Frequently Asked Questions
1) What is Rain Water Harvesting?
Rain Water Harvesting is collection and storage of rain water that runs off from catchments areas like roofs, pavements, roads, parks, open grounds etc. This rain water can be collected and stored as surface storage in tanks or can be recharged into the ground water.
Rain water falling on roof tops and other areas and where sufficient space is not available for surface storages, is guided into sub-soil water through various techniques. Structures generally used for this purpose are;
- Recharge pits
- Recharge trenches
- Recharge shafts
- Trench with Recharge Bore well
- Recharge through existing dug well
- Recharge through abandoned tube well, abandoned hand pumps
- Percolation tanks etc.
2) Why harvest rainwater?
This is perhaps one of the most frequently asked questions, as to why one should harvest rainwater. There are many reasons but following are some of the important ones.
- To arrest ground water decline and augment ground water table
- To beneficiate water quality in aquifers
- To conserve surface water runoff during monsoon
- To reduce soil erosion
- To inculcate a culture of water conservation
3) How much can we actually save?
A concrete, tiled and paved area of 100 m. sq. size yields about 55 thousand liters of rain water annually; in this case we can save up to 40 thousand liters. The water saved is about four times the annual drinking requirement of a five member family.
4) Benefits of Rain Water Harvesting?
Recharge of ground water through rain water is long continuous process. It is an investment for our next generation. Beside recharge of ground water, rain water harvesting benefits us in many ways like;
- Improving the quality of ground water.
- Reducing soil erosion as the surface runoff is reduced.
- Choking of storm water drains and flooding of roads during monsoon is minimized.
5) What will be the quality of water?
You are putting rain water into the ground, which once contaminated, cannot be cleaned easily. Please do not let water with sewage or other dirt flow into your recharge pits. This is why the cleanest rainwater is from our rooftops. There are also filters to keep some dirt out.
6) Does it require a lot of maintenance?
Once or twice a year, at very little cost. Remember rainwater harvesting means that you have to get involved. This is about making water all our business. This is about building our relationship with water. With the environment. Harvest rain. Learn the value of each raindrop.
7) What is Ecology?
The study of the relationships between organisms and their environments, including, interactions of living organisms with one another and with their non-living surroundings, the flow of matter and energy in an environment, and the structure and functions of nature.
8) What are the components of environment?
There are two environmental components: Abiotic and Biotic
9) Define Environmental Conservation?
It means protection of living organisms and natural resources from continuous exploitation. It is divided into two categories:
- In-situ Conservation: The conservation of components of biological diversity within their natural habitats.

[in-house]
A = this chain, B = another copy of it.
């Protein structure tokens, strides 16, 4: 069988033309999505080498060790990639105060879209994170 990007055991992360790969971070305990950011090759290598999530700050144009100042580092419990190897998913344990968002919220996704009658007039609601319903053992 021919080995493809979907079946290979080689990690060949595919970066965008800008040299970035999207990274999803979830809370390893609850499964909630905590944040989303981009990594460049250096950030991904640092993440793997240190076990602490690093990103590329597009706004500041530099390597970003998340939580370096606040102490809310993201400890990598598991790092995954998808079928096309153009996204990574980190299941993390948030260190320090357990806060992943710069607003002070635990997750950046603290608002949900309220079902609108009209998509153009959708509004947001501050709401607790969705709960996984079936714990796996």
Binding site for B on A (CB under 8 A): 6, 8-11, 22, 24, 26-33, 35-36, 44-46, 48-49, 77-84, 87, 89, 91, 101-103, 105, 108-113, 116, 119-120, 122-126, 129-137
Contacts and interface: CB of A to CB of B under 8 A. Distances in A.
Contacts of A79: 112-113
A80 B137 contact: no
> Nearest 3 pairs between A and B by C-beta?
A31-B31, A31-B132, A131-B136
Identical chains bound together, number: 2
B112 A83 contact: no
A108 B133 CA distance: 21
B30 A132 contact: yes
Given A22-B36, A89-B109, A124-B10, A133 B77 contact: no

- Ex-situ Conservation: Pertaining to study or maintenance of an organism or groups of organisms away from the place where they naturally occur. Commonly associated with collections of plants and animals in storage facilities, botanic gardens or zoos.
10) Define sustainable development?
Sustainable Development is the development that meets the needs and aspirations of the current generation without compromising the ability to meet those of future generations
11) What are natural resources?
Natural resources are the raw materials that occur naturally within environments and exist undisturbed in past by human activities
12) What are renewable resources?
These are the natural resources which are replaced by natural processes and there is no danger of a lack of long-term availability. Examples of renewable energy resources are solar radiation, tides, winds and hydroelectricity. Some other resources are wood, paper, and leather.
13) What are non-renewable resources?
These are the natural resources which cannot be produced, re-grown, regenerated, or reused. These resources often exists in a fixed amount (stock) in various places in the earth's crust and has the potential for renewal only by geological, physical, and chemical processes taking place over hundreds of millions to billions of years. Examples of nonrenewable resources are fossil fuel (such as coal, petroleum and natural gas) and nuclear power. In contrast, resources such as timber (when harvested sustainably) or metals (which can be recycled) are considered renewable resources
14) What are fossil fuels?
Fossil fuels are formed due to the partial or complete decomposition of organic material as a result of exposure to heat and pressure in earth's crust over millions of years. e.g. crude oil, natural gas, and coal etc.
15) What is global warming?
The term given to the possibility that Earth's atmosphere is gradually warming because of the greenhouse effect of carbon dioxide and other gases. Global warming is thought by many to be the most serious global environmental issue facing our society
16) What is the difference between climate and weather?
The difference between weather and climate is a measure of time. Weather is what conditions of the atmosphere are over a short period of time. it is not the same everywhere and includes events humidity, rainfall and temperature. Climate is the average weather pattern in a place over many years.